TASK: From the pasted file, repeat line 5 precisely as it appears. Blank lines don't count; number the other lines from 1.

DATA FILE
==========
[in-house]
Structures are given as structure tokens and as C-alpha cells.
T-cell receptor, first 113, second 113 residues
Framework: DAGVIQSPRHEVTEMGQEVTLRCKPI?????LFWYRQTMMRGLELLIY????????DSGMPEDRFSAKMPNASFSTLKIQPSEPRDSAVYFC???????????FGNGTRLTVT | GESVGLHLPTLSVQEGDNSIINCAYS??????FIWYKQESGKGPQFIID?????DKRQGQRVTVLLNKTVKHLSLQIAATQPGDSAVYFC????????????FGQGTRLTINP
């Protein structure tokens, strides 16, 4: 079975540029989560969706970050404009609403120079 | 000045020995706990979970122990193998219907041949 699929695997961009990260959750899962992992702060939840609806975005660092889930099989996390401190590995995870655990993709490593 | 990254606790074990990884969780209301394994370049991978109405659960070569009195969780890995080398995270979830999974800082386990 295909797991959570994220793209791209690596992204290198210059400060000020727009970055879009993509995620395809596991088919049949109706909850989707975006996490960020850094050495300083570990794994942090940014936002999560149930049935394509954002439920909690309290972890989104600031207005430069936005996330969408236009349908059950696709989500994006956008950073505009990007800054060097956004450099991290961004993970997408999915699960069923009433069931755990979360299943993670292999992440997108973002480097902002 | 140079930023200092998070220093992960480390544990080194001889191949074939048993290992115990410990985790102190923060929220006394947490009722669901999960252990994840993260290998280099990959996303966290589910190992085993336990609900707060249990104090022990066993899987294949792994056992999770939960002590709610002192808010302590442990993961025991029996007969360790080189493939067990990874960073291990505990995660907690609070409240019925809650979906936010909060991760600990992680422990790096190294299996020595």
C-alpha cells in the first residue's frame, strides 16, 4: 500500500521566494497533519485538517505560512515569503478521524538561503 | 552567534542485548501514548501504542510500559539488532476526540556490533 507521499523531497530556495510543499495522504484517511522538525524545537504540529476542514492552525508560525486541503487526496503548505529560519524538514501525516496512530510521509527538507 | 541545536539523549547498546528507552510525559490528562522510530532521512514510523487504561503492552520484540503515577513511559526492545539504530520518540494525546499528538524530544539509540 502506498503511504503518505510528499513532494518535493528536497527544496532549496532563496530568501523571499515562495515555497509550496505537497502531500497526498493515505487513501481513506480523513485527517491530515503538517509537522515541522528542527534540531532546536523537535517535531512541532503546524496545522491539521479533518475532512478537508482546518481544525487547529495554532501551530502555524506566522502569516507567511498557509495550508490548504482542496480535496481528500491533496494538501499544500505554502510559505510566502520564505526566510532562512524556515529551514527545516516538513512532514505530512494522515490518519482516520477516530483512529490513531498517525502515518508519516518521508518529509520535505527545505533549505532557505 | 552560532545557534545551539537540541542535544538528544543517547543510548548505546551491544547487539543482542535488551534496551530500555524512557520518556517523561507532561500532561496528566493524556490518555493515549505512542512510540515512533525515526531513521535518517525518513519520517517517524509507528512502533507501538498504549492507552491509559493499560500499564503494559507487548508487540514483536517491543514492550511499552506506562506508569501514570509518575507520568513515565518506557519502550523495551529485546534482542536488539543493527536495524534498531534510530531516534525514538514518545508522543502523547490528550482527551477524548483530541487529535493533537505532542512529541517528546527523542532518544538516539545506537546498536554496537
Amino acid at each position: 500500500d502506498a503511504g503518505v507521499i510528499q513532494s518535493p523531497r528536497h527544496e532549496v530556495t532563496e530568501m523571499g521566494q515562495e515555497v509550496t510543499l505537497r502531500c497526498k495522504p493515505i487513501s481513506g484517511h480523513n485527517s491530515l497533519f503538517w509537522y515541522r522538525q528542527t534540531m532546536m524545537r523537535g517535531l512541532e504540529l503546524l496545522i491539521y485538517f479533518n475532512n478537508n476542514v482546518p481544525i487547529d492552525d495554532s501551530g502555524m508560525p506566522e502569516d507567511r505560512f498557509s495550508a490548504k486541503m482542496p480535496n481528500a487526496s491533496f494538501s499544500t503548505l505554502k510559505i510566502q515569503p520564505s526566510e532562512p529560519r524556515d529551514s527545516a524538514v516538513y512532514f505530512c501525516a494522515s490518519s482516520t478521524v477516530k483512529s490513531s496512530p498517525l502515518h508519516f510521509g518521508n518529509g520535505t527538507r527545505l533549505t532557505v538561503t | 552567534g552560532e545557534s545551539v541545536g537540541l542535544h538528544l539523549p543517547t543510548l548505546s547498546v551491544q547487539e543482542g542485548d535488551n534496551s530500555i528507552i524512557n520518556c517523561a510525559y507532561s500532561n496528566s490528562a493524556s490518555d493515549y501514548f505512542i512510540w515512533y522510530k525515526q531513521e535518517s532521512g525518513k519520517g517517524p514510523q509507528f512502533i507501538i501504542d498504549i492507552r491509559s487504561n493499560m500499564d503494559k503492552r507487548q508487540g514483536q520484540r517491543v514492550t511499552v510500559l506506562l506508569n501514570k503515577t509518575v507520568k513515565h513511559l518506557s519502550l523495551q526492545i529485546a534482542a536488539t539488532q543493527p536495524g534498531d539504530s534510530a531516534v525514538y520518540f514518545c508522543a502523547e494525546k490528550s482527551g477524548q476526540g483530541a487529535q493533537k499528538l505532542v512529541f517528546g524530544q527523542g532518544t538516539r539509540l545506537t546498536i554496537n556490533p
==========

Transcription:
């Protein structure tokens, strides 16, 4: 079975540029989560969706970050404009609403120079 | 000045020995706990979970122990193998219907041949 699929695997961009990260959750899962992992702060939840609806975005660092889930099989996390401190590995995870655990993709490593 | 990254606790074990990884969780209301394994370049991978109405659960070569009195969780890995080398995270979830999974800082386990 295909797991959570994220793209791209690596992204290198210059400060000020727009970055879009993509995620395809596991088919049949109706909850989707975006996490960020850094050495300083570990794994942090940014936002999560149930049935394509954002439920909690309290972890989104600031207005430069936005996330969408236009349908059950696709989500994006956008950073505009990007800054060097956004450099991290961004993970997408999915699960069923009433069931755990979360299943993670292999992440997108973002480097902002 | 140079930023200092998070220093992960480390544990080194001889191949074939048993290992115990410990985790102190923060929220006394947490009722669901999960252990994840993260290998280099990959996303966290589910190992085993336990609900707060249990104090022990066993899987294949792994056992999770939960002590709610002192808010302590442990993961025991029996007969360790080189493939067990990874960073291990505990995660907690609070409240019925809650979906936010909060991760600990992680422990790096190294299996020595």